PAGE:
Background: Cervical cancer screening is not fully utilized among all groups of women in the United States, especially women without access to health care and older women.
Methods: Papanicolaou (Pap) test use among U.S. women age 18 and older is examined using data from the 2000 National Health Interview Survey (NHIS).
Results: Among women who had not had a hysterectomy (n = 13,745), 83% reported having had a Pap test within the past 3 years. Logistic regression analyses showed that women with no contact with a primary care provider in the past year were very unlikely to have reported a recent Pap test. Other characteristics associated with lower rates of Pap test use included lacking a usual source of care, low family income, low educational attainment, and being unmarried. Having no health insurance coverage was associated with lower Pap test use among women under 65. Despite higher insurance coverage, being age 65 and older was associated with low use. Rates of recent Pap test were higher among African-American women.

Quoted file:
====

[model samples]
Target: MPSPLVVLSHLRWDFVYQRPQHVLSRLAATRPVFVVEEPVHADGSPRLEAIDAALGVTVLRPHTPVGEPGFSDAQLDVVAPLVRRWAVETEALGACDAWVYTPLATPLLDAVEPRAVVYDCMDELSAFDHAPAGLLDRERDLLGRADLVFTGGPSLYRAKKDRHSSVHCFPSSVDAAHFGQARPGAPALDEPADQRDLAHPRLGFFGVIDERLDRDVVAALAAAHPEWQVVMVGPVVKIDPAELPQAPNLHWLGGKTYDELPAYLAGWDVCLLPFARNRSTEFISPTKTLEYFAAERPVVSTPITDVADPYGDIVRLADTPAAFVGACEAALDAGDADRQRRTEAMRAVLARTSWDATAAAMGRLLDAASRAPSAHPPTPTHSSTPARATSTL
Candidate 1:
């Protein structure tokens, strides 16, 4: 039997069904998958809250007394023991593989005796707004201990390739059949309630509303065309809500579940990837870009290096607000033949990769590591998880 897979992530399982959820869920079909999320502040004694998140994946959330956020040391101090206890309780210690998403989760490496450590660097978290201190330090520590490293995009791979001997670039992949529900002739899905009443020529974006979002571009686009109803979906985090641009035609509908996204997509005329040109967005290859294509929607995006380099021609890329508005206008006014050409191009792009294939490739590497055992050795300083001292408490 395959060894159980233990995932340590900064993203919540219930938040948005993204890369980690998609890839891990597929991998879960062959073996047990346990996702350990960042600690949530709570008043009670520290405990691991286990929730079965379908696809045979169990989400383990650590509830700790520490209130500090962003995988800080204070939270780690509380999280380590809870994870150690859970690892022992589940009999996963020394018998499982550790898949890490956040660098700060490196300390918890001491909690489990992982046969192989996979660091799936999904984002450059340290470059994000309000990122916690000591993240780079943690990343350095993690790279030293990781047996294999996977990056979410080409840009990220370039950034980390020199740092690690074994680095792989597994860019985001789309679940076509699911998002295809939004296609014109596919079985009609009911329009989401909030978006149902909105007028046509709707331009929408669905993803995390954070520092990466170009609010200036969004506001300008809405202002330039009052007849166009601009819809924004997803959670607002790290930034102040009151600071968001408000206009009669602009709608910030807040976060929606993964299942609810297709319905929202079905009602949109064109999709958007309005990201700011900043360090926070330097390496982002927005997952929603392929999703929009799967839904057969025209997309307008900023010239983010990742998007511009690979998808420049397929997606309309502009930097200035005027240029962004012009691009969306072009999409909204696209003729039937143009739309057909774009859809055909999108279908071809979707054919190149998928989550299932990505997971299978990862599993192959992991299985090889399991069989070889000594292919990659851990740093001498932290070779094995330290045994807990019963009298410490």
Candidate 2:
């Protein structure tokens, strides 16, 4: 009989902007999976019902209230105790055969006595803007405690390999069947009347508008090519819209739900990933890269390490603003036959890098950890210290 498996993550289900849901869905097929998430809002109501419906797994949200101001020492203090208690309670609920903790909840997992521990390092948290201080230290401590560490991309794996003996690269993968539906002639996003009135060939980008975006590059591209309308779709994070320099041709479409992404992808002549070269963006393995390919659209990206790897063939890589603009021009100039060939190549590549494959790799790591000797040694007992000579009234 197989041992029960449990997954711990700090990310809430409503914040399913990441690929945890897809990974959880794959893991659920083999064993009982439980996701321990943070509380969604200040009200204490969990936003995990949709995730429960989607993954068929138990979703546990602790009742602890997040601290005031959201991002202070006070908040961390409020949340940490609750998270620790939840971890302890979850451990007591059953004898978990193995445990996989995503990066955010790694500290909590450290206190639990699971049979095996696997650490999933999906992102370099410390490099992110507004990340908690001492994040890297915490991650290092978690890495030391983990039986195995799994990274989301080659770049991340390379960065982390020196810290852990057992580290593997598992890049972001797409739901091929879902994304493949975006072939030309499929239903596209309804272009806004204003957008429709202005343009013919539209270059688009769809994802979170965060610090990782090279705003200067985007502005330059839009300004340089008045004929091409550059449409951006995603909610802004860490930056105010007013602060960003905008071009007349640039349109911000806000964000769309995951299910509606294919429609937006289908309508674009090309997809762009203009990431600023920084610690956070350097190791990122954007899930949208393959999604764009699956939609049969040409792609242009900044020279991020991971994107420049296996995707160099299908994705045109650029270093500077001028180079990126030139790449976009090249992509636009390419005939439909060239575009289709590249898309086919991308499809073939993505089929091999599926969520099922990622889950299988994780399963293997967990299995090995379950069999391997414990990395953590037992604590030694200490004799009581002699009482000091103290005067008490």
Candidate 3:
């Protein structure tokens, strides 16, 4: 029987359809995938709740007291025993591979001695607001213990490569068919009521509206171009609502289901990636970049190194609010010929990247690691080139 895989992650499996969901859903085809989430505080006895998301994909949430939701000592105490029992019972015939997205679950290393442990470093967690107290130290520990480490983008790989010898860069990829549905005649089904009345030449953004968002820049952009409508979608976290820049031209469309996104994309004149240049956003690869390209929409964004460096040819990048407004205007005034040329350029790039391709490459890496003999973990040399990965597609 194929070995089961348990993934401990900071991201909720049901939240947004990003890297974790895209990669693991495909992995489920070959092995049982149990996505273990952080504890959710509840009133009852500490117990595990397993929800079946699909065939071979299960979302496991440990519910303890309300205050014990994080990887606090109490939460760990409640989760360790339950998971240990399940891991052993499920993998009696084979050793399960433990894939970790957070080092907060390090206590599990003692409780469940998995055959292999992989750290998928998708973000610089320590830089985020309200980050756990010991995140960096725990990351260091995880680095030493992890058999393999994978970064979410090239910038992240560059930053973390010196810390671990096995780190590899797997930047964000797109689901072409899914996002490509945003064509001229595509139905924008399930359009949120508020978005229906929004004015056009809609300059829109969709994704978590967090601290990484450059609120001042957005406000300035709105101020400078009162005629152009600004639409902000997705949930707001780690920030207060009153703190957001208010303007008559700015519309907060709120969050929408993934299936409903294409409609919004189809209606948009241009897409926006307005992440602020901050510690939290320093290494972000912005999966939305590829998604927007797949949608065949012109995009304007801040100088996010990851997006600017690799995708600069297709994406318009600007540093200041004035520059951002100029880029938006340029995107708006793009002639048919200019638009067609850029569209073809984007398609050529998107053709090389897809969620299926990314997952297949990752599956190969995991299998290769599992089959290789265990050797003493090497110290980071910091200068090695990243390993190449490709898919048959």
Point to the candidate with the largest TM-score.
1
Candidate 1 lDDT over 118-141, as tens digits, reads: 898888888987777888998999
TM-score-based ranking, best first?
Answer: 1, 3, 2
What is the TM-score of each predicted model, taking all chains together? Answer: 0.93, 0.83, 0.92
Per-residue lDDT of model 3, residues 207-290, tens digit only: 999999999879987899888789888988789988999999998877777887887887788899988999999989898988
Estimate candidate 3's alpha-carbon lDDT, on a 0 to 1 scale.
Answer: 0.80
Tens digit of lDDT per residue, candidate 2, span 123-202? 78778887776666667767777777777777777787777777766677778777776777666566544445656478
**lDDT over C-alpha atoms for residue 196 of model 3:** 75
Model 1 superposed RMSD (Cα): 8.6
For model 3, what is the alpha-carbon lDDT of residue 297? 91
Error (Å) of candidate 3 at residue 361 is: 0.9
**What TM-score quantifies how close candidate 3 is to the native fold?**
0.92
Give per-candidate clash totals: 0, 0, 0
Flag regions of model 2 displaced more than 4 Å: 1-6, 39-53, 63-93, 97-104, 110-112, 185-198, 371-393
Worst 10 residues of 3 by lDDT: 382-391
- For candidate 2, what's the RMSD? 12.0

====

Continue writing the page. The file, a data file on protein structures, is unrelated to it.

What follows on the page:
Conclusions: Policies to generalize insurance coverage and a usual source of health care would likely increase use of Pap testing. Also needed are health system changes such as automated reminders to assist health care providers implement appropriate screening. Renewed efforts by physicians and targeted public health messages are needed to improve screening among older women without a prior Pap test.